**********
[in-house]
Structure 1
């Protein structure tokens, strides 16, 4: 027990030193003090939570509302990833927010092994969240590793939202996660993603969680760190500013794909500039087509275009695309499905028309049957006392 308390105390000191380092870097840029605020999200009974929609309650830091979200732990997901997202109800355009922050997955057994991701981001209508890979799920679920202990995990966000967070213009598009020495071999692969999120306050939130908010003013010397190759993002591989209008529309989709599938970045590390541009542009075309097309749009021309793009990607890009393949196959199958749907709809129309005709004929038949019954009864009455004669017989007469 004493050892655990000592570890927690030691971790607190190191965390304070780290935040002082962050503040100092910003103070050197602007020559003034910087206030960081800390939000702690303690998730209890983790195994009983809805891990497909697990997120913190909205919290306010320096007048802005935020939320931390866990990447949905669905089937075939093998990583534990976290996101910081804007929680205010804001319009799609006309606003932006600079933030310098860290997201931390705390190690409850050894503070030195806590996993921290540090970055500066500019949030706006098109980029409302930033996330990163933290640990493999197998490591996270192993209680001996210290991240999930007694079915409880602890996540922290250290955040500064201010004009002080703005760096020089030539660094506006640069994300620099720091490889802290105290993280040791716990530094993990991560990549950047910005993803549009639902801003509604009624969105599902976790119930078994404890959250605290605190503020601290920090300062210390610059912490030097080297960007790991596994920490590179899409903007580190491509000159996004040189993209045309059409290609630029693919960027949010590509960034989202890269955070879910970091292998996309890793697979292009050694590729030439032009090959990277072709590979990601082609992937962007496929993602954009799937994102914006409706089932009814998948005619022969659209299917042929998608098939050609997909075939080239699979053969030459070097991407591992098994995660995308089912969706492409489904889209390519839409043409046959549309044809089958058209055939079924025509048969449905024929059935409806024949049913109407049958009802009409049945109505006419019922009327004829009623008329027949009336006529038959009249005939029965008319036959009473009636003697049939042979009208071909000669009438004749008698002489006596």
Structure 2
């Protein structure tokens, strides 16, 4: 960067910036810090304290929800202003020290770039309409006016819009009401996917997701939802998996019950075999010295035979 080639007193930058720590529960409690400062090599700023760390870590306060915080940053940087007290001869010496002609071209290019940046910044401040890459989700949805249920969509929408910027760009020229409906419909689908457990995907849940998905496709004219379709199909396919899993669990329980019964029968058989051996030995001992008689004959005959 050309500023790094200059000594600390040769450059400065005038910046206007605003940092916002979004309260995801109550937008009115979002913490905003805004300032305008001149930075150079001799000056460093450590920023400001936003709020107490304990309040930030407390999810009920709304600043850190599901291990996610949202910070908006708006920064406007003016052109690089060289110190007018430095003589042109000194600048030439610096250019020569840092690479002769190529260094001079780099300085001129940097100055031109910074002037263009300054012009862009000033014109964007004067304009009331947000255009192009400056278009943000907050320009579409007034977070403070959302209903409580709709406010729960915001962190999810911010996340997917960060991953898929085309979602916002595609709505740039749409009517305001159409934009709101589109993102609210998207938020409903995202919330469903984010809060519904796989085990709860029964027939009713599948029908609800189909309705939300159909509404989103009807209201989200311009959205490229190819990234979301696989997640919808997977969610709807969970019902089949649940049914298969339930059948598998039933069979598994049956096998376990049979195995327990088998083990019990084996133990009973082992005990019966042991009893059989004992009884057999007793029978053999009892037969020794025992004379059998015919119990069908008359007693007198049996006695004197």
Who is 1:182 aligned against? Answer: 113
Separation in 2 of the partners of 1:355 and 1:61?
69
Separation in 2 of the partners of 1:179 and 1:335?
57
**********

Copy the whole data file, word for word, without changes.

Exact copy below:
[in-house]
Structure 1
């Protein structure tokens, strides 16, 4: 027990030193003090939570509302990833927010092994969240590793939202996660993603969680760190500013794909500039087509275009695309499905028309049957006392 308390105390000191380092870097840029605020999200009974929609309650830091979200732990997901997202109800355009922050997955057994991701981001209508890979799920679920202990995990966000967070213009598009020495071999692969999120306050939130908010003013010397190759993002591989209008529309989709599938970045590390541009542009075309097309749009021309793009990607890009393949196959199958749907709809129309005709004929038949019954009864009455004669017989007469 004493050892655990000592570890927690030691971790607190190191965390304070780290935040002082962050503040100092910003103070050197602007020559003034910087206030960081800390939000702690303690998730209890983790195994009983809805891990497909697990997120913190909205919290306010320096007048802005935020939320931390866990990447949905669905089937075939093998990583534990976290996101910081804007929680205010804001319009799609006309606003932006600079933030310098860290997201931390705390190690409850050894503070030195806590996993921290540090970055500066500019949030706006098109980029409302930033996330990163933290640990493999197998490591996270192993209680001996210290991240999930007694079915409880602890996540922290250290955040500064201010004009002080703005760096020089030539660094506006640069994300620099720091490889802290105290993280040791716990530094993990991560990549950047910005993803549009639902801003509604009624969105599902976790119930078994404890959250605290605190503020601290920090300062210390610059912490030097080297960007790991596994920490590179899409903007580190491509000159996004040189993209045309059409290609630029693919960027949010590509960034989202890269955070879910970091292998996309890793697979292009050694590729030439032009090959990277072709590979990601082609992937962007496929993602954009799937994102914006409706089932009814998948005619022969659209299917042929998608098939050609997909075939080239699979053969030459070097991407591992098994995660995308089912969706492409489904889209390519839409043409046959549309044809089958058209055939079924025509048969449905024929059935409806024949049913109407049958009802009409049945109505006419019922009327004829009623008329027949009336006529038959009249005939029965008319036959009473009636003697049939042979009208071909000669009438004749008698002489006596």
Structure 2
């Protein structure tokens, strides 16, 4: 960067910036810090304290929800202003020290770039309409006016819009009401996917997701939802998996019950075999010295035979 080639007193930058720590529960409690400062090599700023760390870590306060915080940053940087007290001869010496002609071209290019940046910044401040890459989700949805249920969509929408910027760009020229409906419909689908457990995907849940998905496709004219379709199909396919899993669990329980019964029968058989051996030995001992008689004959005959 050309500023790094200059000594600390040769450059400065005038910046206007605003940092916002979004309260995801109550937008009115979002913490905003805004300032305008001149930075150079001799000056460093450590920023400001936003709020107490304990309040930030407390999810009920709304600043850190599901291990996610949202910070908006708006920064406007003016052109690089060289110190007018430095003589042109000194600048030439610096250019020569840092690479002769190529260094001079780099300085001129940097100055031109910074002037263009300054012009862009000033014109964007004067304009009331947000255009192009400056278009943000907050320009579409007034977070403070959302209903409580709709406010729960915001962190999810911010996340997917960060991953898929085309979602916002595609709505740039749409009517305001159409934009709101589109993102609210998207938020409903995202919330469903984010809060519904796989085990709860029964027939009713599948029908609800189909309705939300159909509404989103009807209201989200311009959205490229190819990234979301696989997640919808997977969610709807969970019902089949649940049914298969339930059948598998039933069979598994049956096998376990049979195995327990088998083990019990084996133990009973082992005990019966042991009893059989004992009884057999007793029978053999009892037969020794025992004379059998015919119990069908008359007693007198049996006695004197």
Who is 1:182 aligned against? Answer: 113
Separation in 2 of the partners of 1:355 and 1:61?
69
Separation in 2 of the partners of 1:179 and 1:335?
57